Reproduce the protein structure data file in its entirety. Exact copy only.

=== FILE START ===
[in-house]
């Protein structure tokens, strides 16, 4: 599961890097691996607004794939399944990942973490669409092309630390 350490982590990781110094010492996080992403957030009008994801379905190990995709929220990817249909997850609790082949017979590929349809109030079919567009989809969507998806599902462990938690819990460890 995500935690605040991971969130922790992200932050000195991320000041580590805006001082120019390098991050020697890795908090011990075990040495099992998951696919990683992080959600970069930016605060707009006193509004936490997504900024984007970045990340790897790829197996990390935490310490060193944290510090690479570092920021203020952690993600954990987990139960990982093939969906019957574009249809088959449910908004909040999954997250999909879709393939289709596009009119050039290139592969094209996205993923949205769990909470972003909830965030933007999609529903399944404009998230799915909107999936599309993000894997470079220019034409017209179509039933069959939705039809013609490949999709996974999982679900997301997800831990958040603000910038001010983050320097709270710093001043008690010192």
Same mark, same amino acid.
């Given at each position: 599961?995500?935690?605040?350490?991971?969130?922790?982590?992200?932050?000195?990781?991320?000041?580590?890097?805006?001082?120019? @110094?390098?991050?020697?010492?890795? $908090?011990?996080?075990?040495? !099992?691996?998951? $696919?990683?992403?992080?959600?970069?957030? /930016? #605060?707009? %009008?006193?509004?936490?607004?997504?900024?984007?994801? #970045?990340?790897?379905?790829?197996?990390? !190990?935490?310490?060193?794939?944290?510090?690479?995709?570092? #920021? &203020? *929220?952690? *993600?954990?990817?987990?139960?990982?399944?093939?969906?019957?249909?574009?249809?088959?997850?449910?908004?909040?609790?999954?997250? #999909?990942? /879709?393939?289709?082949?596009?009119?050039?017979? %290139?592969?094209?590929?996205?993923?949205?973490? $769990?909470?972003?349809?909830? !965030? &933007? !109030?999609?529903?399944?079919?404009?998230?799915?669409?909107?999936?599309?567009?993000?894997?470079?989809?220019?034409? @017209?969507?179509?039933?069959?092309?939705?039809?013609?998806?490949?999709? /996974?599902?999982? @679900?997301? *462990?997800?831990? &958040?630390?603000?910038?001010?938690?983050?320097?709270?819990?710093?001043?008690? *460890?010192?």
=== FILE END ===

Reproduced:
[in-house]
């Protein structure tokens, strides 16, 4: 599961890097691996607004794939399944990942973490669409092309630390 350490982590990781110094010492996080992403957030009008994801379905190990995709929220990817249909997850609790082949017979590929349809109030079919567009989809969507998806599902462990938690819990460890 995500935690605040991971969130922790992200932050000195991320000041580590805006001082120019390098991050020697890795908090011990075990040495099992998951696919990683992080959600970069930016605060707009006193509004936490997504900024984007970045990340790897790829197996990390935490310490060193944290510090690479570092920021203020952690993600954990987990139960990982093939969906019957574009249809088959449910908004909040999954997250999909879709393939289709596009009119050039290139592969094209996205993923949205769990909470972003909830965030933007999609529903399944404009998230799915909107999936599309993000894997470079220019034409017209179509039933069959939705039809013609490949999709996974999982679900997301997800831990958040603000910038001010983050320097709270710093001043008690010192």
Same mark, same amino acid.
């Given at each position: 599961?995500?935690?605040?350490?991971?969130?922790?982590?992200?932050?000195?990781?991320?000041?580590?890097?805006?001082?120019? @110094?390098?991050?020697?010492?890795? $908090?011990?996080?075990?040495? !099992?691996?998951? $696919?990683?992403?992080?959600?970069?957030? /930016? #605060?707009? %009008?006193?509004?936490?607004?997504?900024?984007?994801? #970045?990340?790897?379905?790829?197996?990390? !190990?935490?310490?060193?794939?944290?510090?690479?995709?570092? #920021? &203020? *929220?952690? *993600?954990?990817?987990?139960?990982?399944?093939?969906?019957?249909?574009?249809?088959?997850?449910?908004?909040?609790?999954?997250? #999909?990942? /879709?393939?289709?082949?596009?009119?050039?017979? %290139?592969?094209?590929?996205?993923?949205?973490? $769990?909470?972003?349809?909830? !965030? &933007? !109030?999609?529903?399944?079919?404009?998230?799915?669409?909107?999936?599309?567009?993000?894997?470079?989809?220019?034409? @017209?969507?179509?039933?069959?092309?939705?039809?013609?998806?490949?999709? /996974?599902?999982? @679900?997301? *462990?997800?831990? &958040?630390?603000?910038?001010?938690?983050?320097?709270?819990?710093?001043?008690? *460890?010192?």